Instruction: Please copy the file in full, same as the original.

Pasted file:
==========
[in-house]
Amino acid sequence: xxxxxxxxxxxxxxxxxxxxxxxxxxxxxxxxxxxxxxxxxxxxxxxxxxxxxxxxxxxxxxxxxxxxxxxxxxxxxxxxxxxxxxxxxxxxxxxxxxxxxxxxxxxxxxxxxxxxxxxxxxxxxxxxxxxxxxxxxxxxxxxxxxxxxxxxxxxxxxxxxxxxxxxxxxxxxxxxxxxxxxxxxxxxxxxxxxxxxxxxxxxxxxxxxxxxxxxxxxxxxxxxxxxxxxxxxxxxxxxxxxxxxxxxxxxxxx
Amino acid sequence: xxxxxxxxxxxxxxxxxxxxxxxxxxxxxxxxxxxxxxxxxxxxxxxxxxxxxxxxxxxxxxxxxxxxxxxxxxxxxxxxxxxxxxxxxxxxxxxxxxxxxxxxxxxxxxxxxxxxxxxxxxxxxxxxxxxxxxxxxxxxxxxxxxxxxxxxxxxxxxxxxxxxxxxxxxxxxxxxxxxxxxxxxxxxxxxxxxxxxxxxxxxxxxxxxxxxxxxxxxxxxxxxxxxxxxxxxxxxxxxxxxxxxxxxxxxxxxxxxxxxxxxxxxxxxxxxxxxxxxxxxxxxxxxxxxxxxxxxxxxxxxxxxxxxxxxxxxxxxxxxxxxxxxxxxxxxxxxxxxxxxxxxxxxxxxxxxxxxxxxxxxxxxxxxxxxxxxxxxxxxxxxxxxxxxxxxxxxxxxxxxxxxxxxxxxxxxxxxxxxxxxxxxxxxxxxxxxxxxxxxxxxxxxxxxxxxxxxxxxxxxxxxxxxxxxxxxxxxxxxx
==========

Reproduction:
[in-house]
Amino acid sequence: xxxxxxxxxxxxxxxxxxxxxxxxxxxxxxxxxxxxxxxxxxxxxxxxxxxxxxxxxxxxxxxxxxxxxxxxxxxxxxxxxxxxxxxxxxxxxxxxxxxxxxxxxxxxxxxxxxxxxxxxxxxxxxxxxxxxxxxxxxxxxxxxxxxxxxxxxxxxxxxxxxxxxxxxxxxxxxxxxxxxxxxxxxxxxxxxxxxxxxxxxxxxxxxxxxxxxxxxxxxxxxxxxxxxxxxxxxxxxxxxxxxxxxxxxxxxxx
Amino acid sequence: xxxxxxxxxxxxxxxxxxxxxxxxxxxxxxxxxxxxxxxxxxxxxxxxxxxxxxxxxxxxxxxxxxxxxxxxxxxxxxxxxxxxxxxxxxxxxxxxxxxxxxxxxxxxxxxxxxxxxxxxxxxxxxxxxxxxxxxxxxxxxxxxxxxxxxxxxxxxxxxxxxxxxxxxxxxxxxxxxxxxxxxxxxxxxxxxxxxxxxxxxxxxxxxxxxxxxxxxxxxxxxxxxxxxxxxxxxxxxxxxxxxxxxxxxxxxxxxxxxxxxxxxxxxxxxxxxxxxxxxxxxxxxxxxxxxxxxxxxxxxxxxxxxxxxxxxxxxxxxxxxxxxxxxxxxxxxxxxxxxxxxxxxxxxxxxxxxxxxxxxxxxxxxxxxxxxxxxxxxxxxxxxxxxxxxxxxxxxxxxxxxxxxxxxxxxxxxxxxxxxxxxxxxxxxxxxxxxxxxxxxxxxxxxxxxxxxxxxxxxxxxxxxxxxxxxxxxxxxxxx